Web Summit started as a local tech event in Dublin in 2009 and its growth as an annual event was insane:
- 400 attendees in 2010
- 4000 in 2012
- More than 10000 in 2013
- More than 42000 people in 2015
It has been held in Lisbon since 2016 gathering more than 70 000 people every year.
It's literally a Bitcoin in the world of offline tech events. Perhaps the most massive tech event in the world that attracted the top tier managers of the top tier companies, politicians of the highest rank like presidents and prime ministers and even retired pro skaters took part in Web Summit as speakers.
What Could Go Wrong?
There has been a big scandal that broke out around Web Summit this year. Web Summit CEO faced an insane cancellation shitstorm after he made a few inaccurate statements on Twitter about the Israel-Hammas war.
Even though he resigned, it didn't help. The majority of the top-tier speakers withdrew from the participation. The same did all big tech participants.
As for me, I decided to go and see what was going on there anyway.
Lisbon During Web Summit
Web Summit is held for 4 days and during that time the whole of Lisbon turns into a bit of a Silicon Valley movie.
The amount of attendees is so huge compared to the population of Lisbon, that you start to notice people pitching their startups everywhere.
Whenever you go, you see attendees who are not taking off their badges even for a second. The city is full of Web Summit "spots" where you can register for the event or take a photo pretending that you are a techie.
Apart from the Web Summit itself, there were dozens of side events around the city that were held by companies, funds, or whoever else.
Lisbon's Pink Street which is a party-hard area turns into a night attraction site for VCs of all kinds.
Apart from the daily Web Summit event, there is also a Night Summit. It's a party with DJs and drinks which is held in different locations every day.
My Web Summit Impressions
It was INSANELY huge.
Probably the biggest event I had ever seen in my life. It was claimed to have about 70k attendees, no matter the scandal this year. I didn't count but the number of people was enormous.
it had incredible startup fair vibes probably like TechCrunch Disrupt or something that I could only see on the internet before.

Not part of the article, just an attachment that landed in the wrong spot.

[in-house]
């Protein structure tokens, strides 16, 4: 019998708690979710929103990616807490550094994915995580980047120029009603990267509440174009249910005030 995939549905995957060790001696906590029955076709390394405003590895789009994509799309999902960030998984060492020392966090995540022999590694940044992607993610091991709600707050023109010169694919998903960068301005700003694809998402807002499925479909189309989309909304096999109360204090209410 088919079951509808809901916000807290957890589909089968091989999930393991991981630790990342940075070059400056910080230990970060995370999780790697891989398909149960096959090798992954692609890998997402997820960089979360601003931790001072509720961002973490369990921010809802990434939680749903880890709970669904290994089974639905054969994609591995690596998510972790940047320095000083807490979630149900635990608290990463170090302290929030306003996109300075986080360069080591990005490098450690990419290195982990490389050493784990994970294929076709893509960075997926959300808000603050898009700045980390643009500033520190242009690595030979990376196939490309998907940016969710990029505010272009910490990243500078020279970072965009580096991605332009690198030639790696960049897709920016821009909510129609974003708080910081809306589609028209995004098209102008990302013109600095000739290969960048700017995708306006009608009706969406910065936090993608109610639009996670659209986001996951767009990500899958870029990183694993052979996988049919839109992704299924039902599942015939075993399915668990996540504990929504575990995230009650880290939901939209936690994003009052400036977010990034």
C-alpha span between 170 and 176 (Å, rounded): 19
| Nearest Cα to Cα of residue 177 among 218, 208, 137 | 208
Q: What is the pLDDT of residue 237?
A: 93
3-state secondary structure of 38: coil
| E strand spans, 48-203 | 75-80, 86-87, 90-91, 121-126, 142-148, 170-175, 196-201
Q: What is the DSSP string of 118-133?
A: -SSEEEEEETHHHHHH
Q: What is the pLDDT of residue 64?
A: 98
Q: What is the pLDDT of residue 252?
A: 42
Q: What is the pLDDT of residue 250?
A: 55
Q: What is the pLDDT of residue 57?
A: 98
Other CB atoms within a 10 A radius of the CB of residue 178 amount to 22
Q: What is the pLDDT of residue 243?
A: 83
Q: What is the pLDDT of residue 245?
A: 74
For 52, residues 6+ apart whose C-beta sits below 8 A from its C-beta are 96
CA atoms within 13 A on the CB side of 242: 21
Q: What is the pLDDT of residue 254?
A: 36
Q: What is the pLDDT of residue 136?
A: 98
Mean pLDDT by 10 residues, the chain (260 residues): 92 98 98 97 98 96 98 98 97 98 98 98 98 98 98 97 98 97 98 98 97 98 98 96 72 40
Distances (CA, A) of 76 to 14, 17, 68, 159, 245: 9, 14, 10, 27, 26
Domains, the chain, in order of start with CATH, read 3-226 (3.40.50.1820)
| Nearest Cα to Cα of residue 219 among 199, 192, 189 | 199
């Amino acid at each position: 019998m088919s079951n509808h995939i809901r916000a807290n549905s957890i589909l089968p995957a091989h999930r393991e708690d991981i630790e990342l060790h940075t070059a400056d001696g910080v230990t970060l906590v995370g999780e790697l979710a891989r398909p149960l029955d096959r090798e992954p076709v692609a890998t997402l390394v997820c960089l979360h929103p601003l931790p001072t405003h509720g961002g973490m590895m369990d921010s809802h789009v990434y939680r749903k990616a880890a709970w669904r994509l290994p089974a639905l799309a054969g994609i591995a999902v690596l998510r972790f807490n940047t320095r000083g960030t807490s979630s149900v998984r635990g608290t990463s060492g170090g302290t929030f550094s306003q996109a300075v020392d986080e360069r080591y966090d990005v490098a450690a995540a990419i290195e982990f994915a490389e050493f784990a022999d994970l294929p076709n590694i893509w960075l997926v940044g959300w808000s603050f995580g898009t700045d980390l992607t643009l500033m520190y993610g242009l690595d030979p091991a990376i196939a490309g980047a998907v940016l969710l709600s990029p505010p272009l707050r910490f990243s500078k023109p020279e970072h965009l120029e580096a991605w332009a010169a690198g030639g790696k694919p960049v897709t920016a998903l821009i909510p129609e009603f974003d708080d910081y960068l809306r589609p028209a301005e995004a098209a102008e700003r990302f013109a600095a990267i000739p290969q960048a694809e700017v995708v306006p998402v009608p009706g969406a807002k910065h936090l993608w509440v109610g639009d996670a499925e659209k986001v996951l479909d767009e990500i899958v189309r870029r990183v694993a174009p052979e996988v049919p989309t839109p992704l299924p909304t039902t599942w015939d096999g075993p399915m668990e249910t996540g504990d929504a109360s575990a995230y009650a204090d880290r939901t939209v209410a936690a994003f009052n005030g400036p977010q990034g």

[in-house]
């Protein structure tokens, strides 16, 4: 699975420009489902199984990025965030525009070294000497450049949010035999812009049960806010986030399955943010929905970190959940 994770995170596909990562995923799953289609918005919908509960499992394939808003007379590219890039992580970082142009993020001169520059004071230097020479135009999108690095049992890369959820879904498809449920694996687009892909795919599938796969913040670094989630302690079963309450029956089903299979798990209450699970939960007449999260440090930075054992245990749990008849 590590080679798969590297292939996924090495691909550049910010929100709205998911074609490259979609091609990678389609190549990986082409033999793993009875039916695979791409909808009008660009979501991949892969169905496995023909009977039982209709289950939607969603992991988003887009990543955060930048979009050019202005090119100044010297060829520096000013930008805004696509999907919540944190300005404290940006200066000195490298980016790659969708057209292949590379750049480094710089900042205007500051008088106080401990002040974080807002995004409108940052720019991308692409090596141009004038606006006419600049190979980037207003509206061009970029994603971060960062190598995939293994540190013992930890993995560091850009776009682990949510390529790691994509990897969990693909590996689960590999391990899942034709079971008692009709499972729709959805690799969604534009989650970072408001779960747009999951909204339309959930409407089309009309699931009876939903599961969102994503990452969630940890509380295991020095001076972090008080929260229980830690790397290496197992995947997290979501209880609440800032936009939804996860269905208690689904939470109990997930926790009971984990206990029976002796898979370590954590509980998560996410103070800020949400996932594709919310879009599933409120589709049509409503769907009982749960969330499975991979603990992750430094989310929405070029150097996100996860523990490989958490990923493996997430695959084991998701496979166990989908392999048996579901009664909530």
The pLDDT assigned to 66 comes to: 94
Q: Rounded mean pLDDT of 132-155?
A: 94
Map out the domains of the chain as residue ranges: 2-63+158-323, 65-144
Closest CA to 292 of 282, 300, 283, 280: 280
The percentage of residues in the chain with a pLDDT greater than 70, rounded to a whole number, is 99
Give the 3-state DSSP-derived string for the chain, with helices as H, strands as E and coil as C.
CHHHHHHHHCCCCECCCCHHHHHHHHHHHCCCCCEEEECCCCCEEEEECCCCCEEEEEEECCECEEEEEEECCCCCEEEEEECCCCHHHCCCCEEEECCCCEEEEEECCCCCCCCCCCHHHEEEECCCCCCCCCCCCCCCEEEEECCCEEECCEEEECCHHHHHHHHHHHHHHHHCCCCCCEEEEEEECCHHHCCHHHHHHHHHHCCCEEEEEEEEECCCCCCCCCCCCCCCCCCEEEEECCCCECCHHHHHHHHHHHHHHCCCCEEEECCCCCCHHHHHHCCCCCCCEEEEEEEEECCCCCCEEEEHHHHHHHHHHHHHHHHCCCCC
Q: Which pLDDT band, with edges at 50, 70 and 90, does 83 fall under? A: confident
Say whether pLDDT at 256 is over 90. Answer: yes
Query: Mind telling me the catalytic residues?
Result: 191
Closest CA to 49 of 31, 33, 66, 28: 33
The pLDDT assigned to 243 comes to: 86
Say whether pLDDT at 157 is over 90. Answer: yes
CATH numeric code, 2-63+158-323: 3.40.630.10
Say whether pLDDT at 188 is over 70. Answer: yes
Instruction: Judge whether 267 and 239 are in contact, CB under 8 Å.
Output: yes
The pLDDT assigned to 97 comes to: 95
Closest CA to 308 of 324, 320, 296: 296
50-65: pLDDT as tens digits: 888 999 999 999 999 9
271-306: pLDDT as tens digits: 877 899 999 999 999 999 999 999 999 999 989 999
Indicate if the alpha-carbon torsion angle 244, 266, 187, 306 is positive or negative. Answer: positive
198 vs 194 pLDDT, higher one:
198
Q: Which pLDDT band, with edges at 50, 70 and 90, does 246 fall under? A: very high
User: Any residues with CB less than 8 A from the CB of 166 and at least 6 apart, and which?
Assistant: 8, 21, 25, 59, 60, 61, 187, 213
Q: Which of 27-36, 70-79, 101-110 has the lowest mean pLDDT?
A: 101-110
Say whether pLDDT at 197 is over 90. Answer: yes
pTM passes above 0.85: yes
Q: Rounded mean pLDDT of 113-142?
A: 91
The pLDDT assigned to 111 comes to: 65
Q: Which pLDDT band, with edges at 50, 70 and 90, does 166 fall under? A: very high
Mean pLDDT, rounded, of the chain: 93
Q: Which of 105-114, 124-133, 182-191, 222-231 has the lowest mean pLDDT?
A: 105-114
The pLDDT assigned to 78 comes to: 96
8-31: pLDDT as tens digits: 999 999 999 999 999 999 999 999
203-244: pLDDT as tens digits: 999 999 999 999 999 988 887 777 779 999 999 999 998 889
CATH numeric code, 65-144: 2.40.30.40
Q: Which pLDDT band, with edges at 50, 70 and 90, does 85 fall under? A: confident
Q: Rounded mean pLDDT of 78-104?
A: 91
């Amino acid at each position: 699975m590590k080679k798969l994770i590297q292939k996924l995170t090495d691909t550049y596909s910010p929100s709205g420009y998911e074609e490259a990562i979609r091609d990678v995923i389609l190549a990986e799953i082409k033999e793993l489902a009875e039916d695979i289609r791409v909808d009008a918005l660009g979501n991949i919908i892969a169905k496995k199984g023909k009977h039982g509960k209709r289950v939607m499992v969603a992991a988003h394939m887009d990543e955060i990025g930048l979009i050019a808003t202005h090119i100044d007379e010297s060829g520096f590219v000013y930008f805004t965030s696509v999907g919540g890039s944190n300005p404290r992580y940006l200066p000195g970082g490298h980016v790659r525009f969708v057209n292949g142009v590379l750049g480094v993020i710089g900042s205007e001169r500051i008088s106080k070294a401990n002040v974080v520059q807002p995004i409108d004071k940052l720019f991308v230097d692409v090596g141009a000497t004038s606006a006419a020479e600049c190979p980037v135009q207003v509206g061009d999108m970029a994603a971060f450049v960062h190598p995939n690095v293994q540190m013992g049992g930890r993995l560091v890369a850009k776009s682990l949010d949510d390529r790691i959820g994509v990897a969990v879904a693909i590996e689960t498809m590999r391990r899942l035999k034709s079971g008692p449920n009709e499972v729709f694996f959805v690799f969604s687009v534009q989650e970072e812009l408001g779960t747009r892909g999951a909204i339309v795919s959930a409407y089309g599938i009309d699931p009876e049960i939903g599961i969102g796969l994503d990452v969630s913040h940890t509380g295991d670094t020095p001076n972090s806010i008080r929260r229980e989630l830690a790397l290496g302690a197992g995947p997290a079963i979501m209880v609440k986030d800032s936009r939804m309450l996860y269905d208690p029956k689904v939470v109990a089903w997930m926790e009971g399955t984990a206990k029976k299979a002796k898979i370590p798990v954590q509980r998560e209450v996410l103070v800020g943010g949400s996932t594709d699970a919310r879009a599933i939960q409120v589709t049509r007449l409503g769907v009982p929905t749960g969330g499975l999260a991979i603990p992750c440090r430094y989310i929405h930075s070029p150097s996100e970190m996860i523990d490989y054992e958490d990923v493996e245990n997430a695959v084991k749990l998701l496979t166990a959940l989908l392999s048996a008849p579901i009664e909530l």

IRL it was almost exactly like I imagined it. Literally dozens of rows of stands with hundreds (or maybe thousands?) of standalone startups and their founders. Dozens of investment funds stand.
There were country-specific areas that gathered startups from those countries and also advertised their innovation hubs, tax havens, or whatever they had attractive in terms of investment climate.
Lounge zone for attendees of all kinds: developers, VCs, women in tech.
Endless food courts, coffee spots, and chill zones.
In many ways, it was exactly like it was parodied in the Silicon Valley show with all those weird startup ideas as if they came from a buzzword bingo.
AI + Pets + Diet = "Pets Diet AI Advisor SaaS"
Anyway, I would say that it was a pretty exciting experience. No matter what, thousands of smart people who have enough courage to bet on their vision are inspiring. They CAN infect with optimism.
I usually feel very skeptical about my own "ideas".
However, when I see how seriously someone can talk about installing lasers on spaceships to destroy space junk it gives me some sort of additional self-confidence.
What's the Profit
There are obvious reasons for attending this kind of event if you have a startup and are looking for funding or you have some money to spend on someone's startup.
What if you are a software engineer? Well, it's possible to find a job. There were some talent acquisition sessions there. But it looked to be rather far from the main event objective.
However, for a software development agency, it appears to be rather beneficial to take part in that sort of event.
What About Talks?
Unfortunately, I can't benefit from talks because I find myself totally incapable of perceiving information during the conference events in the form of talks.
First of all, I prefer either a written form or at least a recorded video. That's just more convenient.
Secondly, it's oxygen. No matter how powerful the vent airflow is. There is never enough oxygen for several thousands of people who spend the whole day in the same room. An hour or two is usually enough to feel broke and sleepy for the rest of the day.
What About Networking?
Networking is a fairy tale from people without sociophobia who can benefit a lot from Web Summit by leveraging their social connections. 100% worthy, but only if you are not an introvert.
For introverts, I've got a hackaround.
Instead of talking to complete strangers, I arrange to meet with people whom I already know. At least online.
In that case, we are not complete strangers so we are likely to break through the utter silence and find something to talk about.
There is also a very high chance that they would bring someone with them so we can catch up all together.
How To Cook Web Summit
Web Summit is a fair excuse to meet with people.
For example, there aren't many people who would travel to another part of the continent just to meet me for a cup of coffee. But Web Summit is a good reason to do it. Especially if your company pays for the tickets and accommodation.
It's not a must to go to the main event itself since there a plenty of related events around the city which I've already mentioned.
After all, it's not about the event. It's all about smart people who gather in one city and have enough time to get in touch.